From that point on, Jennifer’s confidence blossomed. She slowly gained a better understanding of the fact that the God-given talents and gifts she already had could be used to tell His story! She learned that sharing the Gospel is more important than how she did it in comparison to anybody else. In fact, it wasn’t even about anybody else or even herself. It was about Him and what He’d done for her. This was the most important lesson of all! Eventually, she truly started to see that her own gifts and talents made her a very special and important part of the Body of Christ (1 Corinthians 12:27). What an incredible lesson for an adolescent to learn at such an impressionable age: at an age when the world is telling her that she isn’t and never will be anything of substance.
How do we further understand the importance of getting young people involved in theater and drama ministry? By remembering this simple truth: being a part of the “bigger picture” is extremely important to a young person. If they do not feel involved or included in something bigger than themselves, it is very difficult for them to see themselves as an important part of anything, much less the Church. I don’t mean to say that we should cater to everybody’s ego. I did not want to give Jennifer a larger role just to make her feel good about herself. No, I’m talking about reminding young people of their unique significance to a great and almighty God. This very significance, illustrated in what Jesus has done for them on the cross and through the empty tomb, is important when raising and teaching future leaders in our Church. I strongly believe that one of the greatest things you can do as a youth pastor or a church worker, when using theater and drama in ministry, is to say to one of these precious children, “I have a very specific role for you. No one else can fill it. We want you.” Even the least-willing youth group attendee will hear significance and love in this, whether they respond to the call or not.
Third and last, using theater and drama in youth ministry gives you the opportunity to remind youth that what they did in your church’s production does not end with the curtain call. Having directed numerous theater productions, I am always struck with how attached the participants get to the production itself and to each other. Even a brief skit can have the same effect. The emotion that is attached to telling stories is incredible. The bonds that form are strong. The common thread that unifies the participants to achieve the one goal is why clubs and sports teams work so well in those formative junior high and high school years. When a season is over, when the school year comes to an end, when graduation happens, when the cast and crew say their final good-byes to the story they’ve been telling for a while, they go through a predictable grieving process. They question, “What’s to come? Is this the end?” It can get highly emotional for everybody.
Emotions aside, however, it’s important to tell your youth that no, this is not the end of telling and sharing the message of Jesus Christ at all! In fact, church ministry and education only ends with the inevitable return of Jesus Christ. Right now the Holy Spirit is doing the work, and this is why working together is so unifying. He’s bringing together the hearts that are His, hearts that serve and worship Him through the arts, hearts that seek Him, hearts that are actively communicating love to those around them through the plays they perform or the stories they tell, hearts that belong to the bigger picture, the Universal Church. This does not end with a curtain call! It goes on and on and on in the lives of Christians every day.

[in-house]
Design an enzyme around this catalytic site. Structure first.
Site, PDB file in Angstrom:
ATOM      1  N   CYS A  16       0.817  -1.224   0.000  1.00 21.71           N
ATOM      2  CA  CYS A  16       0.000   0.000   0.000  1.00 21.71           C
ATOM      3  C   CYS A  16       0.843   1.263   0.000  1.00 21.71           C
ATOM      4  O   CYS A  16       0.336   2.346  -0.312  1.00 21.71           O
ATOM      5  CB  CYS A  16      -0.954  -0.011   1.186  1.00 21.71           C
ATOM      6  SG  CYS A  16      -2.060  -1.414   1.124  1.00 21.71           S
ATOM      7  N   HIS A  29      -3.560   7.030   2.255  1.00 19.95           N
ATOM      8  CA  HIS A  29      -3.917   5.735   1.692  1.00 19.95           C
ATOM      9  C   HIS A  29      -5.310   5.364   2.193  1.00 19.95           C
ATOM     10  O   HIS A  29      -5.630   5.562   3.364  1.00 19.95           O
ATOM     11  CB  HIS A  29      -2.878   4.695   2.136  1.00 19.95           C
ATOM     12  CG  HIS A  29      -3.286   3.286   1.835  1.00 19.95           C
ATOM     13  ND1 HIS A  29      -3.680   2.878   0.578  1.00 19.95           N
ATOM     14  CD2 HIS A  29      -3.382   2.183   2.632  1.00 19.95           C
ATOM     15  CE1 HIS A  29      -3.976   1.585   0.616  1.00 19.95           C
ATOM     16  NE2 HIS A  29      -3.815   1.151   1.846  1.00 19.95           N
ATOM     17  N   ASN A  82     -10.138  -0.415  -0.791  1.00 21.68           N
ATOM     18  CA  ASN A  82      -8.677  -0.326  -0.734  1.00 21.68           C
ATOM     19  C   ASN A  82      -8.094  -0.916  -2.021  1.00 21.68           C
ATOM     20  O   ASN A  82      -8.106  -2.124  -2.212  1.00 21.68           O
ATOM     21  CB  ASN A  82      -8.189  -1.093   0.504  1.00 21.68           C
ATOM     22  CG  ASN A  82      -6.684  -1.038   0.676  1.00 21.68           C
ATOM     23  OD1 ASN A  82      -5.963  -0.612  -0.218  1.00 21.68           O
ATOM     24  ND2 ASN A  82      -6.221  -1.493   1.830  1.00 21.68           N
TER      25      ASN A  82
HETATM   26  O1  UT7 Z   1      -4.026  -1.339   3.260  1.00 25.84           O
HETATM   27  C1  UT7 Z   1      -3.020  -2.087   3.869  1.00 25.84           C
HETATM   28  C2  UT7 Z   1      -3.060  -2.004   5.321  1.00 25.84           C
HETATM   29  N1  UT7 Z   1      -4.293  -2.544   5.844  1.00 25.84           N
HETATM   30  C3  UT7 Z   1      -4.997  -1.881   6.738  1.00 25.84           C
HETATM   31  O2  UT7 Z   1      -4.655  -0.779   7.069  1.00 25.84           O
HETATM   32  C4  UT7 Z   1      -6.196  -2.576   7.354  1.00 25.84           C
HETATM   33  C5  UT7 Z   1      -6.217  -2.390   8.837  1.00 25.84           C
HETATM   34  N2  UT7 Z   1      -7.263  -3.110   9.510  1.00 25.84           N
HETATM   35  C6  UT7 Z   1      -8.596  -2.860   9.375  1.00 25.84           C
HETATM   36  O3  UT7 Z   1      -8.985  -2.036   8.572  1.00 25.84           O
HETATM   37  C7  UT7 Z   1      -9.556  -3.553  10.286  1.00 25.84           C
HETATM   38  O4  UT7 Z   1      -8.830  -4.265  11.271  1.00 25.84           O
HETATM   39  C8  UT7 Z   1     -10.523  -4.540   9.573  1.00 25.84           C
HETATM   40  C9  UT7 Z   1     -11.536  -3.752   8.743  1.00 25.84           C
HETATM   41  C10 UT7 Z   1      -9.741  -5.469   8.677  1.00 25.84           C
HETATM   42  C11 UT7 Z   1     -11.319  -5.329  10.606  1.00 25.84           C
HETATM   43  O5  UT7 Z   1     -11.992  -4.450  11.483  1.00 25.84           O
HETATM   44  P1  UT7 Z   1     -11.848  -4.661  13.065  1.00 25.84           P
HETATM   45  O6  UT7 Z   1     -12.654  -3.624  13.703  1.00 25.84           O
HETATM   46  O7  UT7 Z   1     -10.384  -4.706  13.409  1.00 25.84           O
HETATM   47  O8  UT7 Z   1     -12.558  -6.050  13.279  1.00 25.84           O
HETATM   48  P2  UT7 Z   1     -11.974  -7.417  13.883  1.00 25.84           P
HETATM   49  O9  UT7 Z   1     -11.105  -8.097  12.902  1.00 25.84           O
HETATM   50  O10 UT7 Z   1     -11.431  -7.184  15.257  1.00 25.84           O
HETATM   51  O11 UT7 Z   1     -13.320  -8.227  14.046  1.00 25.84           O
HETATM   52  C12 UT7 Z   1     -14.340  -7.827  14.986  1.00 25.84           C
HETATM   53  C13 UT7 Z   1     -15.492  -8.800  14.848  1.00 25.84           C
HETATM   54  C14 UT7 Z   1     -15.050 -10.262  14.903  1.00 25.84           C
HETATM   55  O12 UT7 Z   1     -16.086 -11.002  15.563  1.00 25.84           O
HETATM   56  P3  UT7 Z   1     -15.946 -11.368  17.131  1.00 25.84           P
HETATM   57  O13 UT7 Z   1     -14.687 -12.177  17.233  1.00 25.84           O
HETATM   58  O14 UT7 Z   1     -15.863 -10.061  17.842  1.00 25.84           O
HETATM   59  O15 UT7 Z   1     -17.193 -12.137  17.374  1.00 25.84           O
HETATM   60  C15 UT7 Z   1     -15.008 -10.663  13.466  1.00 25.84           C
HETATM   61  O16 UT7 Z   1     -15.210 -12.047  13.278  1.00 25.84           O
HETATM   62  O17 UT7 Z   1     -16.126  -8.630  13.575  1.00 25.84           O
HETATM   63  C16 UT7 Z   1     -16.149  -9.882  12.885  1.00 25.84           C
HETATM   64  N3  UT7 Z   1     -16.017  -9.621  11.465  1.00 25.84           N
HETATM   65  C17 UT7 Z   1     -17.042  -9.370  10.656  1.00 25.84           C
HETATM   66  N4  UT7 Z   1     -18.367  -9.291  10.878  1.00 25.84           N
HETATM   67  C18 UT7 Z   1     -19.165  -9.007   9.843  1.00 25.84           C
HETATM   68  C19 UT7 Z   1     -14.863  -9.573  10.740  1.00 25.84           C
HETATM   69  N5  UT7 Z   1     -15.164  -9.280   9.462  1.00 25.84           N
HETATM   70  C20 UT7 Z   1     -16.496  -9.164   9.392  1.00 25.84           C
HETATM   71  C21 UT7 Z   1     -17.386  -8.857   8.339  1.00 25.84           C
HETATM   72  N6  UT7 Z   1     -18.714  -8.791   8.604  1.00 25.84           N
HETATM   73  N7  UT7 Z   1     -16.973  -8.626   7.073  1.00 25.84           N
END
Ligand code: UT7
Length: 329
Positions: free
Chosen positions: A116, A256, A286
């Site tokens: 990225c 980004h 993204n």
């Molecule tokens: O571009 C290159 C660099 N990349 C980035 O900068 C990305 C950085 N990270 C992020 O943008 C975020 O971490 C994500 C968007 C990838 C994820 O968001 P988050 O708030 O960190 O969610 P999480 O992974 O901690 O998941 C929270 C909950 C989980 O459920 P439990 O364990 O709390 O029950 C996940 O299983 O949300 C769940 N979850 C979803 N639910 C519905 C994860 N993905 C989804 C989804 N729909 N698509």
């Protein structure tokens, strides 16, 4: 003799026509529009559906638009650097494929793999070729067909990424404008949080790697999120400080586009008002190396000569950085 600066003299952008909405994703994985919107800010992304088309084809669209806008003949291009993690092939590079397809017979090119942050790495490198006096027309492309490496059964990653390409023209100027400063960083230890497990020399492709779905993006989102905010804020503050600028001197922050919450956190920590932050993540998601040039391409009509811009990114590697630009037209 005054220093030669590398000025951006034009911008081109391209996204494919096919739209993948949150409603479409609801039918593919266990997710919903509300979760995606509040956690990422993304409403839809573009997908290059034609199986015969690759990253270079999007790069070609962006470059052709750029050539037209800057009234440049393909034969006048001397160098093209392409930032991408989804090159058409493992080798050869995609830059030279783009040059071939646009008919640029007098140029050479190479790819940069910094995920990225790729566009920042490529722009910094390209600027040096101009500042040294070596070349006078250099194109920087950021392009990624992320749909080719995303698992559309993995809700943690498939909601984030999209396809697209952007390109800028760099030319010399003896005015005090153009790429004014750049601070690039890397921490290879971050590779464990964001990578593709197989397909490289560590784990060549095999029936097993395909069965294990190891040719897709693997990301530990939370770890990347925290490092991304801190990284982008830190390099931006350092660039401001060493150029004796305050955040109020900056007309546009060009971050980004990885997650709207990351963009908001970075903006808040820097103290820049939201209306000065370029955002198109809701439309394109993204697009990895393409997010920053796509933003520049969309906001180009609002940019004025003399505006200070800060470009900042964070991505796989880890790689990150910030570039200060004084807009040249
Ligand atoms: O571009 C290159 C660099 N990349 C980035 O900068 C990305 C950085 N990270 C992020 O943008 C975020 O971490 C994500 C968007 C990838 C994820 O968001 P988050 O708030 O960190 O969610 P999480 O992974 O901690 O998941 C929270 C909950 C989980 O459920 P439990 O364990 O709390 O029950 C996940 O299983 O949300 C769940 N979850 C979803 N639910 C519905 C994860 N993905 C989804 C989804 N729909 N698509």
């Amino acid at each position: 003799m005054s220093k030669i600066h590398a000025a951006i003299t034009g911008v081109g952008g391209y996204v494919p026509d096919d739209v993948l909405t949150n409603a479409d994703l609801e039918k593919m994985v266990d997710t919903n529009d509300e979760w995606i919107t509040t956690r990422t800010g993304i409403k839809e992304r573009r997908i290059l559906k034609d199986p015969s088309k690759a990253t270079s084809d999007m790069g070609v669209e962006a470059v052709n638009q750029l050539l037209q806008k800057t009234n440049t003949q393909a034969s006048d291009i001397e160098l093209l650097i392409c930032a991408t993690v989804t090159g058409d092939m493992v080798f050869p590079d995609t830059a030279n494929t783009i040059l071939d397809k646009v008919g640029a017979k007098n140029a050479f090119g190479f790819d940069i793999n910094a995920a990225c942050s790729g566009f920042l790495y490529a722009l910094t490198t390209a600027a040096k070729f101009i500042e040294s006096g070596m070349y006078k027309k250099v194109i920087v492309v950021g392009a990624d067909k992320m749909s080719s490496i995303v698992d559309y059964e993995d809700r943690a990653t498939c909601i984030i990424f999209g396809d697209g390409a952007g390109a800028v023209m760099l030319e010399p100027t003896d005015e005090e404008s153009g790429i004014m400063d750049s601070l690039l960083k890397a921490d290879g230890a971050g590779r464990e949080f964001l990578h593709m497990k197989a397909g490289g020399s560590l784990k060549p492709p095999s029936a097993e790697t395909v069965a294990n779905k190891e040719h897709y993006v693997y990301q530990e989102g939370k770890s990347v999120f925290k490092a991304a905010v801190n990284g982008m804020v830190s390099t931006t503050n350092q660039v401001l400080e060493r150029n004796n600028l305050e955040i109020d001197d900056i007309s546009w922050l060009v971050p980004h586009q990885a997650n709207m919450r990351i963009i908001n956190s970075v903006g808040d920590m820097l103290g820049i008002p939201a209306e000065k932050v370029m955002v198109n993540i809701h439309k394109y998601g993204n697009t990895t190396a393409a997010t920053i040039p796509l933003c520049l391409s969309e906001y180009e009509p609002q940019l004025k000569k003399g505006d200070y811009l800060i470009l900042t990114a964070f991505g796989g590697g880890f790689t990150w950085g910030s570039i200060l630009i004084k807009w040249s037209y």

It is also important to remind youth that there is one very important thing that also unifies us (and condemns us at the same time): it is the reality that we are all sinners and in need of a redemptive Savior. Remind your youth, from the pre-production stage to the post-production stage, that this is true. If you do this, you will be building your “theater house” on the Rock. Remind them, too, that we do have a Savior, and that our task is only complete when Jesus Christ returns. Regardless of how many plays they produce, or skits they write, every day in every area of their lives they have an opportunity not to pretend to be a follower, but to be a follower. Hallelujah!
Keep in mind that putting on a theater and drama production is not easy. It is not void of problems or arguments or mismanagement. Drama is dramatic, and you will find yourself with a mess of this stuff at some point: with the youth, with their parents, maybe even with the lay people who come to see the production. This is not always the case, but it is more than likely in most places at some point to varying degrees. Be encouraged. Your position does not define who you are, nor does your attempt to put on a successful theater production. Jesus Christ defines you, and you are redeemed. Jesus Christ has won the victory for you, and He has commanded you to share the Good News with others.
So, go. Teach youth about Jesus, and even use theater and drama if it seems appropriate in your educational and church setting. Ask for help. Pray for wisdom as you provide these children with greater Biblical knowledge. Allow them to participate in the re-telling and the re-telling and the re-telling of the glorious Gospel. Remind them that they are called to do this continuously, by the grace of God, in whatever they do and wherever they go for the rest of their lives. And, at the end of every production, lead your cast and crew in praying and proclaiming a glorious truth: to God be the glory! Amen!
Photo by andrebog at Morguefile.com